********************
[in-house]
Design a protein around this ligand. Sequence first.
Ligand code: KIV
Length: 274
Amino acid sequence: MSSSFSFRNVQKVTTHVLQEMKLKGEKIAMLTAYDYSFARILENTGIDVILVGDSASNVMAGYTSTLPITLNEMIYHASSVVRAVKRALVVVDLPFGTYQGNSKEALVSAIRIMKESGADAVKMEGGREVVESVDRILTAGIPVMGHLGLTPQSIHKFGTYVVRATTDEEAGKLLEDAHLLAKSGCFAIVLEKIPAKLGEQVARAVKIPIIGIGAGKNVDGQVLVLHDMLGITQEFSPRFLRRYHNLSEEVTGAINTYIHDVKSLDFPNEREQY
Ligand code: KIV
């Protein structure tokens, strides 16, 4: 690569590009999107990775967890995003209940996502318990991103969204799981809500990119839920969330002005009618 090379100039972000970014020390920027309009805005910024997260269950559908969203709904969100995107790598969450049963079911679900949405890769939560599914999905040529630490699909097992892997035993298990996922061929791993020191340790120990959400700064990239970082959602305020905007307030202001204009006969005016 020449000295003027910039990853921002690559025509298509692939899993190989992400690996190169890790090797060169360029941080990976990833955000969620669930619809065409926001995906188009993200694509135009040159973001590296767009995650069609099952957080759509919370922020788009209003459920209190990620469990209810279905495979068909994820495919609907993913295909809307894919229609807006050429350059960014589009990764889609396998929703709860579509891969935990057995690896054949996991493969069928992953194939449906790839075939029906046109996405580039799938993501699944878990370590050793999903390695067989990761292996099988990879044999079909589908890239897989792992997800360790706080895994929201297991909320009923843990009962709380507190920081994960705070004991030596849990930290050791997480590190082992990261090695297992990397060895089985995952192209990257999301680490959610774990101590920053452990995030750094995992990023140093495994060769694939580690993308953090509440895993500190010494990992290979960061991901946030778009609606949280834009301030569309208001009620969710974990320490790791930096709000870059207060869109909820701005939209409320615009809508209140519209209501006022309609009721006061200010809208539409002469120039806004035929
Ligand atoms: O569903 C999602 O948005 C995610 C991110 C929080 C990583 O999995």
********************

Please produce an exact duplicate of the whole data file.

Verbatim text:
[in-house]
Design a protein around this ligand. Sequence first.
Ligand code: KIV
Length: 274
Amino acid sequence: MSSSFSFRNVQKVTTHVLQEMKLKGEKIAMLTAYDYSFARILENTGIDVILVGDSASNVMAGYTSTLPITLNEMIYHASSVVRAVKRALVVVDLPFGTYQGNSKEALVSAIRIMKESGADAVKMEGGREVVESVDRILTAGIPVMGHLGLTPQSIHKFGTYVVRATTDEEAGKLLEDAHLLAKSGCFAIVLEKIPAKLGEQVARAVKIPIIGIGAGKNVDGQVLVLHDMLGITQEFSPRFLRRYHNLSEEVTGAINTYIHDVKSLDFPNEREQY
Ligand code: KIV
């Protein structure tokens, strides 16, 4: 690569590009999107990775967890995003209940996502318990991103969204799981809500990119839920969330002005009618 090379100039972000970014020390920027309009805005910024997260269950559908969203709904969100995107790598969450049963079911679900949405890769939560599914999905040529630490699909097992892997035993298990996922061929791993020191340790120990959400700064990239970082959602305020905007307030202001204009006969005016 020449000295003027910039990853921002690559025509298509692939899993190989992400690996190169890790090797060169360029941080990976990833955000969620669930619809065409926001995906188009993200694509135009040159973001590296767009995650069609099952957080759509919370922020788009209003459920209190990620469990209810279905495979068909994820495919609907993913295909809307894919229609807006050429350059960014589009990764889609396998929703709860579509891969935990057995690896054949996991493969069928992953194939449906790839075939029906046109996405580039799938993501699944878990370590050793999903390695067989990761292996099988990879044999079909589908890239897989792992997800360790706080895994929201297991909320009923843990009962709380507190920081994960705070004991030596849990930290050791997480590190082992990261090695297992990397060895089985995952192209990257999301680490959610774990101590920053452990995030750094995992990023140093495994060769694939580690993308953090509440895993500190010494990992290979960061991901946030778009609606949280834009301030569309208001009620969710974990320490790791930096709000870059207060869109909820701005939209409320615009809508209140519209209501006022309609009721006061200010809208539409002469120039806004035929
Ligand atoms: O569903 C999602 O948005 C995610 C991110 C929080 C990583 O999995």